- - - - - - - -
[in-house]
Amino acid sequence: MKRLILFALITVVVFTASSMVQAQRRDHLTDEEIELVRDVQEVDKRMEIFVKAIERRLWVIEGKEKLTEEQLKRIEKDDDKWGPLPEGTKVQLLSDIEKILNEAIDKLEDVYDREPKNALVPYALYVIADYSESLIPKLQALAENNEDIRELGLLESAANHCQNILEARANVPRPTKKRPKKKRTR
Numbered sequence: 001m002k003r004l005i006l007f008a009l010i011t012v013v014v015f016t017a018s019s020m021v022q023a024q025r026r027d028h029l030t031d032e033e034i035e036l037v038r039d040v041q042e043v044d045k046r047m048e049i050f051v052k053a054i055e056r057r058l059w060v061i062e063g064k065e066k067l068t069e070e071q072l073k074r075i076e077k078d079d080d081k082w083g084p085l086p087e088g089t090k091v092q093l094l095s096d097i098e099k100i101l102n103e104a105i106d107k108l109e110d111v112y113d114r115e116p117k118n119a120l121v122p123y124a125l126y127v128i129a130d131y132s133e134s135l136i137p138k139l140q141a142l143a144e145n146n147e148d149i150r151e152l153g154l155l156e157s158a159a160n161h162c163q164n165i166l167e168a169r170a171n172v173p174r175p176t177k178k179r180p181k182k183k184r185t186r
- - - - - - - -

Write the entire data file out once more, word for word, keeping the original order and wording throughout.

[in-house]
Amino acid sequence: MKRLILFALITVVVFTASSMVQAQRRDHLTDEEIELVRDVQEVDKRMEIFVKAIERRLWVIEGKEKLTEEQLKRIEKDDDKWGPLPEGTKVQLLSDIEKILNEAIDKLEDVYDREPKNALVPYALYVIADYSESLIPKLQALAENNEDIRELGLLESAANHCQNILEARANVPRPTKKRPKKKRTR
Numbered sequence: 001m002k003r004l005i006l007f008a009l010i011t012v013v014v015f016t017a018s019s020m021v022q023a024q025r026r027d028h029l030t031d032e033e034i035e036l037v038r039d040v041q042e043v044d045k046r047m048e049i050f051v052k053a054i055e056r057r058l059w060v061i062e063g064k065e066k067l068t069e070e071q072l073k074r075i076e077k078d079d080d081k082w083g084p085l086p087e088g089t090k091v092q093l094l095s096d097i098e099k100i101l102n103e104a105i106d107k108l109e110d111v112y113d114r115e116p117k118n119a120l121v122p123y124a125l126y127v128i129a130d131y132s133e134s135l136i137p138k139l140q141a142l143a144e145n146n147e148d149i150r151e152l153g154l155l156e157s158a159a160n161h162c163q164n165i166l167e168a169r170a171n172v173p174r175p176t177k178k179r180p181k182k183k184r185t186r